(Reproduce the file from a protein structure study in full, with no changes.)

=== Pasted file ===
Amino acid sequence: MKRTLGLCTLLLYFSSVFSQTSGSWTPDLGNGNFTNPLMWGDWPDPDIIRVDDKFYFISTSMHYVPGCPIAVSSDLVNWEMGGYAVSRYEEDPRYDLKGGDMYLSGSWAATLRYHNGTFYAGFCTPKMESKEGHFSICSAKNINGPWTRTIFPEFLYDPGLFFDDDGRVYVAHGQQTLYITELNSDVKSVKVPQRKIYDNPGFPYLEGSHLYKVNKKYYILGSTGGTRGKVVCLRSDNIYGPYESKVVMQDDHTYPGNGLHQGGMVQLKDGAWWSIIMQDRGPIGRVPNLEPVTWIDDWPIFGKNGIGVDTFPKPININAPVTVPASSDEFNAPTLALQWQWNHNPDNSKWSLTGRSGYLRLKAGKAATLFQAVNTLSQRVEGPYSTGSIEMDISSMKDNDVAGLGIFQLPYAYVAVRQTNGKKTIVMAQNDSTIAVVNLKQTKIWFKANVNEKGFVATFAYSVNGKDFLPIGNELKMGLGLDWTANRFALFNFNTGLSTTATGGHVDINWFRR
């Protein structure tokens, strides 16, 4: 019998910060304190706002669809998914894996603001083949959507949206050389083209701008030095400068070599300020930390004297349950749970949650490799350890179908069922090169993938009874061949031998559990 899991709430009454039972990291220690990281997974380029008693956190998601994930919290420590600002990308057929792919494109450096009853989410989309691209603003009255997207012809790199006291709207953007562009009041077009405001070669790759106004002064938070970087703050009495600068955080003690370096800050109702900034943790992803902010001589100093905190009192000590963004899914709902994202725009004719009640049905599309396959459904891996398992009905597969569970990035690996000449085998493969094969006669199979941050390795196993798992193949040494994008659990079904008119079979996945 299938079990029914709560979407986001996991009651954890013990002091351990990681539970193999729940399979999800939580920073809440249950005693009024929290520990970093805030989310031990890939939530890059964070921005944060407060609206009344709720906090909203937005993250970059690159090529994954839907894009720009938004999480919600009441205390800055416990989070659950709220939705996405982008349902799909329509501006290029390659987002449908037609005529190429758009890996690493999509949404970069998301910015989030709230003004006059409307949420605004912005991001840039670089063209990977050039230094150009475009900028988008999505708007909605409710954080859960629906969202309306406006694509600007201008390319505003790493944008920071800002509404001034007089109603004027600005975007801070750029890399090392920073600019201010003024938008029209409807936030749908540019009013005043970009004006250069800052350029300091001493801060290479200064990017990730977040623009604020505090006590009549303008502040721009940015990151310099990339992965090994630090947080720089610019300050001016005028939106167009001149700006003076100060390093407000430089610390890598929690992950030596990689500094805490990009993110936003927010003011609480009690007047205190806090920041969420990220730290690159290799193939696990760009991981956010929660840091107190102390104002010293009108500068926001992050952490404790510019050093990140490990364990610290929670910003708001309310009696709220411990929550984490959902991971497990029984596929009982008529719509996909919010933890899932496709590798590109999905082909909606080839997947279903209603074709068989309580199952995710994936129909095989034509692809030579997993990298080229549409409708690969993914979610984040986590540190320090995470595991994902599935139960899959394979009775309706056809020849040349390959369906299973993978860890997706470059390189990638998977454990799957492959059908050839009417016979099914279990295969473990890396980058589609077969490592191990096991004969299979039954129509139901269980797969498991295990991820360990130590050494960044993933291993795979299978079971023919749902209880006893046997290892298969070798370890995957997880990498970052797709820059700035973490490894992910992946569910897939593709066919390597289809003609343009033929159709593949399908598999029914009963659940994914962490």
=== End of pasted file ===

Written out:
Amino acid sequence: MKRTLGLCTLLLYFSSVFSQTSGSWTPDLGNGNFTNPLMWGDWPDPDIIRVDDKFYFISTSMHYVPGCPIAVSSDLVNWEMGGYAVSRYEEDPRYDLKGGDMYLSGSWAATLRYHNGTFYAGFCTPKMESKEGHFSICSAKNINGPWTRTIFPEFLYDPGLFFDDDGRVYVAHGQQTLYITELNSDVKSVKVPQRKIYDNPGFPYLEGSHLYKVNKKYYILGSTGGTRGKVVCLRSDNIYGPYESKVVMQDDHTYPGNGLHQGGMVQLKDGAWWSIIMQDRGPIGRVPNLEPVTWIDDWPIFGKNGIGVDTFPKPININAPVTVPASSDEFNAPTLALQWQWNHNPDNSKWSLTGRSGYLRLKAGKAATLFQAVNTLSQRVEGPYSTGSIEMDISSMKDNDVAGLGIFQLPYAYVAVRQTNGKKTIVMAQNDSTIAVVNLKQTKIWFKANVNEKGFVATFAYSVNGKDFLPIGNELKMGLGLDWTANRFALFNFNTGLSTTATGGHVDINWFRR
């Protein structure tokens, strides 16, 4: 019998910060304190706002669809998914894996603001083949959507949206050389083209701008030095400068070599300020930390004297349950749970949650490799350890179908069922090169993938009874061949031998559990 899991709430009454039972990291220690990281997974380029008693956190998601994930919290420590600002990308057929792919494109450096009853989410989309691209603003009255997207012809790199006291709207953007562009009041077009405001070669790759106004002064938070970087703050009495600068955080003690370096800050109702900034943790992803902010001589100093905190009192000590963004899914709902994202725009004719009640049905599309396959459904891996398992009905597969569970990035690996000449085998493969094969006669199979941050390795196993798992193949040494994008659990079904008119079979996945 299938079990029914709560979407986001996991009651954890013990002091351990990681539970193999729940399979999800939580920073809440249950005693009024929290520990970093805030989310031990890939939530890059964070921005944060407060609206009344709720906090909203937005993250970059690159090529994954839907894009720009938004999480919600009441205390800055416990989070659950709220939705996405982008349902799909329509501006290029390659987002449908037609005529190429758009890996690493999509949404970069998301910015989030709230003004006059409307949420605004912005991001840039670089063209990977050039230094150009475009900028988008999505708007909605409710954080859960629906969202309306406006694509600007201008390319505003790493944008920071800002509404001034007089109603004027600005975007801070750029890399090392920073600019201010003024938008029209409807936030749908540019009013005043970009004006250069800052350029300091001493801060290479200064990017990730977040623009604020505090006590009549303008502040721009940015990151310099990339992965090994630090947080720089610019300050001016005028939106167009001149700006003076100060390093407000430089610390890598929690992950030596990689500094805490990009993110936003927010003011609480009690007047205190806090920041969420990220730290690159290799193939696990760009991981956010929660840091107190102390104002010293009108500068926001992050952490404790510019050093990140490990364990610290929670910003708001309310009696709220411990929550984490959902991971497990029984596929009982008529719509996909919010933890899932496709590798590109999905082909909606080839997947279903209603074709068989309580199952995710994936129909095989034509692809030579997993990298080229549409409708690969993914979610984040986590540190320090995470595991994902599935139960899959394979009775309706056809020849040349390959369906299973993978860890997706470059390189990638998977454990799957492959059908050839009417016979099914279990295969473990890396980058589609077969490592191990096991004969299979039954129509139901269980797969498991295990991820360990130590050494960044993933291993795979299978079971023919749902209880006893046997290892298969070798370890995957997880990498970052797709820059700035973490490894992910992946569910897939593709066919390597289809003609343009033929159709593949399908598999029914009963659940994914962490």